Britain's TIERed approach to trouble
By Luke Clark - thetransitcafe.com
Monday, 16th July 2007
Luke Clark looks at the reaction to the weekend's failed bomb attempts in Britain - and wonders if post-crises, Asia needs its own TIER of travel information. As expected, it was a fevered week for news on Britain, following the weekend's failed terror incidents in London and Glasgow.

Perhaps most obvious though in all the coverage was a renewed measure of calm that accompanies news of bomb attempts, such is our familiarity with this unfortunate new reality.

From a media point of view, what was clear too was a measured approach to issuing information, and dealing with the news-hungry media.

Immediately following the failed attempts in London and Glasgow, reports concerning travel were among the main attention-getters in the "aftermath and consequences" column. As is typical of a peak holiday period, the events disrupted many Brits hoping for a little R&R on the beach in Spain or Greece.

Governments also reacted. The typically alarmist Australian government updated its travel advisory on Sunday, with the Department of Foreign Affairs and Trade (DFAT) increasing the UK's threat level to the third highest on the five-scale ranking system, warning visitors to maintain a "high degree of caution".

Putting Britain on par with Iran, Guatemala, Rwanda and Uzbekistan in terms of potential threat may seem excessive to some, but Britain's own terror alerts were on high at the time. Ironically, Australia's warnings coincided with news of an arrest and alleged link in Brisbane. Attorney-General Philip Ruddock insisted there was no greater risk in Australia.

"Security alerts are determined objectively," Mr Ruddock told reporters in Sydney. "The UK government presumably has information that suggests that a terror attack in the UK is highly likely, and that is not the situation that we face."

Perhaps fortunately for the travel community, neither travellers nor the media seem to follow DFAT 's warnings. In an opinion piece headlined "Those alarming travel alerts", Murdoch-owner News.com.au pointed out that while the events put foreign governments in a tricky position, destinations like Bali and Oman were still suffering as a result of travel warnings, which one hotelier pointed out were "placed on the Internet years before, never updated or removed''.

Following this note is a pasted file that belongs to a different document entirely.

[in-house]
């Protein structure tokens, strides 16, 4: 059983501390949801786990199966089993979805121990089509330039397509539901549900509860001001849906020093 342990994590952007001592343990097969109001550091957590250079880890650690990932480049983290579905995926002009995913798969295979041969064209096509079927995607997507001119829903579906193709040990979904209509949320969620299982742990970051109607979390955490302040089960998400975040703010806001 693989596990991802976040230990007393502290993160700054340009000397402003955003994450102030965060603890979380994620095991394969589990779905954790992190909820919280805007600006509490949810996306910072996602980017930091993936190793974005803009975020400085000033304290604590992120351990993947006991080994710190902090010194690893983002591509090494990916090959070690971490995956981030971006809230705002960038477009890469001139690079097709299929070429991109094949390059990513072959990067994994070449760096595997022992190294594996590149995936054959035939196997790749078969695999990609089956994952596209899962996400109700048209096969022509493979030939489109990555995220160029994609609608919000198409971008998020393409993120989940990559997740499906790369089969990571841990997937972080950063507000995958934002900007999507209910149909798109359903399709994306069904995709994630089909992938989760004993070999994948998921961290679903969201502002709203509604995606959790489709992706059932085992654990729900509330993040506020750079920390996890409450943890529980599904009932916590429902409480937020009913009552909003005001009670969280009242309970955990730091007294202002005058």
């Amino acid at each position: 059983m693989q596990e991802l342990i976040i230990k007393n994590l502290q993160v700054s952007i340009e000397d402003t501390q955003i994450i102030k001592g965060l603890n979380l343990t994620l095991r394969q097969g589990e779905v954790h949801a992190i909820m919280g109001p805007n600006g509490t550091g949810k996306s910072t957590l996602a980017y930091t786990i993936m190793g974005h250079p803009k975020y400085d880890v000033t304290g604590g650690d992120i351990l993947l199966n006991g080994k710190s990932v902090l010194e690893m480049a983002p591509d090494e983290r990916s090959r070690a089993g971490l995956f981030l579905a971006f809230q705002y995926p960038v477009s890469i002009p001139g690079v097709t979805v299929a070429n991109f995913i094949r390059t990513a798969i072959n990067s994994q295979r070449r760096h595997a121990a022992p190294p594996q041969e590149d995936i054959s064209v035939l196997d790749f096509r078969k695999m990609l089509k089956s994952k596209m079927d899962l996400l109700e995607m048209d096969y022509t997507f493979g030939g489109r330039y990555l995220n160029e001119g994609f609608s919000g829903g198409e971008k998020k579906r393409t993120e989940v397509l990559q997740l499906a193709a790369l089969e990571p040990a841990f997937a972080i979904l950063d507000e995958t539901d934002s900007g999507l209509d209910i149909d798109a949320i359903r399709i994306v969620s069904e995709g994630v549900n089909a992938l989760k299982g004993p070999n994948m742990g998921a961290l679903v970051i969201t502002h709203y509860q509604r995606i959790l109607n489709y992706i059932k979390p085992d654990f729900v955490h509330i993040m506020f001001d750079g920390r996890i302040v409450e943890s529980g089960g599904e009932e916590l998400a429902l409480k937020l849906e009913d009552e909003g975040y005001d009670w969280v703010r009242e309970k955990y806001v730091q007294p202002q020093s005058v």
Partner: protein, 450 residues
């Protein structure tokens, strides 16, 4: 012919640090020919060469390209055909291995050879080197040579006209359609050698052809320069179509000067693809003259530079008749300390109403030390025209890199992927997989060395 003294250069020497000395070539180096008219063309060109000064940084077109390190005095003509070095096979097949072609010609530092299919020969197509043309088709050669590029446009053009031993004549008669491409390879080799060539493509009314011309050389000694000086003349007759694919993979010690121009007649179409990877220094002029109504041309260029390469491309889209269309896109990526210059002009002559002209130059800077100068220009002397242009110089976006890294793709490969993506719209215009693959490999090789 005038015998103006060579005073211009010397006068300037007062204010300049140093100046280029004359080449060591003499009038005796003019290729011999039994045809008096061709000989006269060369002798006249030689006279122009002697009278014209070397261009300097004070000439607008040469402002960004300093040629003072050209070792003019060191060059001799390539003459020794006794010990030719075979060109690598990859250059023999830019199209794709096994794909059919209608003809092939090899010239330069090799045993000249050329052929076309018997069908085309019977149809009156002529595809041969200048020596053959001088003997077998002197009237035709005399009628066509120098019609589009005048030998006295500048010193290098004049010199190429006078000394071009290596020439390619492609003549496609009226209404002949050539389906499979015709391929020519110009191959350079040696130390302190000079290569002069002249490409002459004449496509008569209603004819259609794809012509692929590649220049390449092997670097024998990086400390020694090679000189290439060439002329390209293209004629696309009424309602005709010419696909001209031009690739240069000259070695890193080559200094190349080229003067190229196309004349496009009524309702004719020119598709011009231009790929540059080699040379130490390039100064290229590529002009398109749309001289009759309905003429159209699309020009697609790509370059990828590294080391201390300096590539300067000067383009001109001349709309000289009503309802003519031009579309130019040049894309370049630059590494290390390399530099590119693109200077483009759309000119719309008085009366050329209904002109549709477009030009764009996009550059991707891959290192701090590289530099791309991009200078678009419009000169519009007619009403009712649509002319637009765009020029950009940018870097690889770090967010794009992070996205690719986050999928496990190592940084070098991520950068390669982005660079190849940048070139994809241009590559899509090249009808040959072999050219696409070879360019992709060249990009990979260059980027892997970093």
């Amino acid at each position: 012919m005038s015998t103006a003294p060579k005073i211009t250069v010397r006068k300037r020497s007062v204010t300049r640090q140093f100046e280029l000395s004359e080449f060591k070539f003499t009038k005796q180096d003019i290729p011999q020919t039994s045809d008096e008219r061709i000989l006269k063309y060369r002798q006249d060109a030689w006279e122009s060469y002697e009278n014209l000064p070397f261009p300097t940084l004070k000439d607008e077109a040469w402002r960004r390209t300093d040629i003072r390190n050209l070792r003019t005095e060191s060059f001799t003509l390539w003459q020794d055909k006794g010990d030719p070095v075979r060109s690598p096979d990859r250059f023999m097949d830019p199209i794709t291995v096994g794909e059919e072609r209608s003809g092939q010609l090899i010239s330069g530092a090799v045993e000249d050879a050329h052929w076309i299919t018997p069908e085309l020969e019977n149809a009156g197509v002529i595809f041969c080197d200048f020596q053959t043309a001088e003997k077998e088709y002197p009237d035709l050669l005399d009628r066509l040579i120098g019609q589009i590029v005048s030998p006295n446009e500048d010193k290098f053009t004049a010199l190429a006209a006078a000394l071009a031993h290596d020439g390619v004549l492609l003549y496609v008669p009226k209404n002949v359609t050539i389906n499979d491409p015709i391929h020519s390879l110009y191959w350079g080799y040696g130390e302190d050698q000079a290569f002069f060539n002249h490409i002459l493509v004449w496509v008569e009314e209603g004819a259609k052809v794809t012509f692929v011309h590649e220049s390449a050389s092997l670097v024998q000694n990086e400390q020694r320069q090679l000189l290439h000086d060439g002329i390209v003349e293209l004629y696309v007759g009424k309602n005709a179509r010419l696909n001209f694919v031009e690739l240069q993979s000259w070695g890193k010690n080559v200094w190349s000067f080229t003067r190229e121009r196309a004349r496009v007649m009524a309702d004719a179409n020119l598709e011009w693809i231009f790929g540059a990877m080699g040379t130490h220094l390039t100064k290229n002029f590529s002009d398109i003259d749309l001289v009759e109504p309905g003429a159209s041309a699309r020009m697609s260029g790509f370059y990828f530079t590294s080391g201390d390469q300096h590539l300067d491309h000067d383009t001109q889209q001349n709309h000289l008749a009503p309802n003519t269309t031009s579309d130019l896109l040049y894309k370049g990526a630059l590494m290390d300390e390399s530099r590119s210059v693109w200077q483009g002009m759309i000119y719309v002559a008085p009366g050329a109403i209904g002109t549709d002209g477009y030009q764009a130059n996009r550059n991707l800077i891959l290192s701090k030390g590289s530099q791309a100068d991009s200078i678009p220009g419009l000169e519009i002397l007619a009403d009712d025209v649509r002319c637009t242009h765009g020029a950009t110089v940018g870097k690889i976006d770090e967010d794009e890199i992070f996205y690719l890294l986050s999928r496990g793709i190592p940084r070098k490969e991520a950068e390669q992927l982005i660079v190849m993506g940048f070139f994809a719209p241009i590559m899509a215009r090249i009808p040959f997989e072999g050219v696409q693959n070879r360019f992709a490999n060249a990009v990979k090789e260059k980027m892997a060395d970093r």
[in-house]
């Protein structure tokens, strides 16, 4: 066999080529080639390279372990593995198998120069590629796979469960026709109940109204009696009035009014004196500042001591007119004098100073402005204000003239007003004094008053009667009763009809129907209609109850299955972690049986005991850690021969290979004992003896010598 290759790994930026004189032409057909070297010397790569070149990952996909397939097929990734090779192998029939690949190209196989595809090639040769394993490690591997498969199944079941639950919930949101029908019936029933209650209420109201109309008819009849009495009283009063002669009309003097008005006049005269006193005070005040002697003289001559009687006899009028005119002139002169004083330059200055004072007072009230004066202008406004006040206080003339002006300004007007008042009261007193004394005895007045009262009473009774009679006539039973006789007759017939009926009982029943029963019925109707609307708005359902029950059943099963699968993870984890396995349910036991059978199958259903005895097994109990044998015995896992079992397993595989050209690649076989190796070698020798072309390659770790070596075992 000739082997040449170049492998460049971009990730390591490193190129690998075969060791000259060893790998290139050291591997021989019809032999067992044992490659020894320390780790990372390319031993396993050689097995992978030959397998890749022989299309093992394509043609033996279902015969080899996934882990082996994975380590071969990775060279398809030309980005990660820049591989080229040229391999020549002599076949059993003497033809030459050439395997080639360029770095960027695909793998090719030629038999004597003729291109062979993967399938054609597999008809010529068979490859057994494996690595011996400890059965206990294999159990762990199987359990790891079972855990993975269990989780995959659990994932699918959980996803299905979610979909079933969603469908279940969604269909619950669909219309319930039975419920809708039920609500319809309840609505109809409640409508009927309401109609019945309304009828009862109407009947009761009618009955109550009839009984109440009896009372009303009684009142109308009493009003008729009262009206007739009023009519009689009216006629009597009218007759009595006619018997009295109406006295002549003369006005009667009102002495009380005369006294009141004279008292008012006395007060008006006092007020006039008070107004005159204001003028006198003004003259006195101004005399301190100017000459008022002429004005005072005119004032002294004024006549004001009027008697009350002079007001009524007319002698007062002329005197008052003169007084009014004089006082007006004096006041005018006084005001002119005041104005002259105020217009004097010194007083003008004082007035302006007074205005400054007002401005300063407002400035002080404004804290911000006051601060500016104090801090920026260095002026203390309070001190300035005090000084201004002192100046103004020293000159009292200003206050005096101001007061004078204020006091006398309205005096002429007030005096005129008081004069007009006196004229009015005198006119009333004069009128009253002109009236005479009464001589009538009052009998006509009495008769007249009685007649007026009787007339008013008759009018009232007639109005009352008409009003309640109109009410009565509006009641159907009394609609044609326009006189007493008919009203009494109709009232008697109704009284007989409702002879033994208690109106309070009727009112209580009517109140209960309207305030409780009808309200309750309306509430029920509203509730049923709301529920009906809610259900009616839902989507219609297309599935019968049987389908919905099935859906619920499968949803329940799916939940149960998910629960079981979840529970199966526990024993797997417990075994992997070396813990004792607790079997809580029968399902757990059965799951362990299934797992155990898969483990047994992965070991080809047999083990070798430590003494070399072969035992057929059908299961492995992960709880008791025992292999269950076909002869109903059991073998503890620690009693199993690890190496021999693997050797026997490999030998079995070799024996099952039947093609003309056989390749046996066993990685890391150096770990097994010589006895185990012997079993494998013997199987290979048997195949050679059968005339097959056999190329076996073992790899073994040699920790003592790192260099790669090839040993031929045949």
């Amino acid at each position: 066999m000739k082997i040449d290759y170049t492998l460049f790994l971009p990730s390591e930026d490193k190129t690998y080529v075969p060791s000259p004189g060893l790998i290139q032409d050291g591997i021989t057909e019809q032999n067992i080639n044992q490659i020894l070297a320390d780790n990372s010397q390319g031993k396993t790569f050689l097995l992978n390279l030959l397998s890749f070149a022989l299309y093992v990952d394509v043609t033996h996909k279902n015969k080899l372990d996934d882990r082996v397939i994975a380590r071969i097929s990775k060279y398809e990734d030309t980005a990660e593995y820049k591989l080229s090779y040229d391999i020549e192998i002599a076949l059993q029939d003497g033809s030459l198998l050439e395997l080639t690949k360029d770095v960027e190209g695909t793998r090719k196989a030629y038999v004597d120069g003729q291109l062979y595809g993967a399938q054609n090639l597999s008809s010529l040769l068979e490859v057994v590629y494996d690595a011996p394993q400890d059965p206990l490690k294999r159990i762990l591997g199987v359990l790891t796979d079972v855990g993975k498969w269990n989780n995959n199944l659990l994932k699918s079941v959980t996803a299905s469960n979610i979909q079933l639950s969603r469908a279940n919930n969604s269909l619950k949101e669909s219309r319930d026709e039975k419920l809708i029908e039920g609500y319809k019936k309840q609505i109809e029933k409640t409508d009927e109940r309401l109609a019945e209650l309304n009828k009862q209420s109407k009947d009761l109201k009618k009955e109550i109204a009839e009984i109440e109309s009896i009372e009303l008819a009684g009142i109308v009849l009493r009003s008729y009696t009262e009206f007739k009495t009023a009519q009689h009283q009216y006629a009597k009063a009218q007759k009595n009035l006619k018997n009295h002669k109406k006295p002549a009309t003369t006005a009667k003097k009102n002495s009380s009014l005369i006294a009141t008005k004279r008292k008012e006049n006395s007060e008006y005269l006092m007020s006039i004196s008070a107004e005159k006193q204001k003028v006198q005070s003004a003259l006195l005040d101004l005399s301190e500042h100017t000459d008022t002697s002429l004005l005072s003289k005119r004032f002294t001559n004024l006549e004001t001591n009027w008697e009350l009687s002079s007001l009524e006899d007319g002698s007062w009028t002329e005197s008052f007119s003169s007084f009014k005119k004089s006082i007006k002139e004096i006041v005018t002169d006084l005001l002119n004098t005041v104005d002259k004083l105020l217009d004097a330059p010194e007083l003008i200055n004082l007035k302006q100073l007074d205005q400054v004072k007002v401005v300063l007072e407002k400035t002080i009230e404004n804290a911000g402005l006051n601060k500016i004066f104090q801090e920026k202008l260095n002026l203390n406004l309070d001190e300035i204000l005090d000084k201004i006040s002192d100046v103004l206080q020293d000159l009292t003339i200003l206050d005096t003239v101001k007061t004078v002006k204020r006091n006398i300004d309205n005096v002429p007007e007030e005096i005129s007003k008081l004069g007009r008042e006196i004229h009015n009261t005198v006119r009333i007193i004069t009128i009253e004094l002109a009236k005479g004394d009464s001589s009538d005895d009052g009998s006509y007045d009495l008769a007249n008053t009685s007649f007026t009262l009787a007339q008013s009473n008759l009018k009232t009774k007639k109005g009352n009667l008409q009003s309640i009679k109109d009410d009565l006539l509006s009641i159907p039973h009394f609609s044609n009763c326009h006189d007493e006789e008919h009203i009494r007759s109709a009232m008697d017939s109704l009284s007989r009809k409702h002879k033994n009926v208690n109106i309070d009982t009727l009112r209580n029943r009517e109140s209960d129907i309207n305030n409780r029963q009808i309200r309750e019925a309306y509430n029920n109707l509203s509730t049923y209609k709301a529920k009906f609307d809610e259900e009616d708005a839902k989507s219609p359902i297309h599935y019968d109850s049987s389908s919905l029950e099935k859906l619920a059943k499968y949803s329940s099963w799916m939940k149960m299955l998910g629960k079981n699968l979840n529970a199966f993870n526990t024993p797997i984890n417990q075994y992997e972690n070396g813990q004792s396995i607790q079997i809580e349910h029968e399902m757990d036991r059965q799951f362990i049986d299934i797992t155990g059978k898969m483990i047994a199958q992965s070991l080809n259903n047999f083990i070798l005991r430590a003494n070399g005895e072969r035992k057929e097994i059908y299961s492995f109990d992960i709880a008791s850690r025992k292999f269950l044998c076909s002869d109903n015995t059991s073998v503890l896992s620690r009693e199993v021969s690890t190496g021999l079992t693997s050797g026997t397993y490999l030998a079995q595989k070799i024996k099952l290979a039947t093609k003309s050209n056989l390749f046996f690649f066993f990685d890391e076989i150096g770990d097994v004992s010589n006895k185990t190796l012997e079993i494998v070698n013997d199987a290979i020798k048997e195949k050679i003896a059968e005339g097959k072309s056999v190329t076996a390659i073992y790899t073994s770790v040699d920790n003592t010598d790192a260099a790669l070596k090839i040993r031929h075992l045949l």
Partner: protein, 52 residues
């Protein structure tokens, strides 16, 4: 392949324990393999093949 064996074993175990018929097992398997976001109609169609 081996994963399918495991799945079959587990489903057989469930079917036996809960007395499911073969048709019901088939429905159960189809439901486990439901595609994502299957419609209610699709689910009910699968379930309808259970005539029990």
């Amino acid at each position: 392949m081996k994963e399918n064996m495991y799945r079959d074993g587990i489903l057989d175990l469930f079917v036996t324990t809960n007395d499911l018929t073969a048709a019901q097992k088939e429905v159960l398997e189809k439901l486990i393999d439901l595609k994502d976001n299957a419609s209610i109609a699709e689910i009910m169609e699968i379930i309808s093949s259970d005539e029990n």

The story coninued, "Travellers are finding the decision much harder to make because there is no cohesive, global consistency when it comes to travel warnings covering life-threatening issues such as terrorism. Nor is there any non-government regulation to prevent countries playing dirty politics with each other."

Michael McCormick, manager Australia & New Zealand for VisitBritain told The Transit Cafe that Australian travellers appeared to be made of stern stuff when it came to taking their vacations.

"The Australian traveller has proved to be resilient and we would not expect people to be deterred from travelling. Obviously we would encourage tourists to be vigilant when in the UK but not to alter or deter their plans."

McCormick said that early indications were that the incidents would not slow the high level of traffic on the Kangaroo route. In a battle-hardened world, it appeared travellers increasingly viewed their personal risks in perspective.

"I understand that one of the major wholesalers was quoted today saying that they do not expect an impact as they believe travellers are becoming increasingly resolute and there was little impact after the 2005 incidents in London," he noted.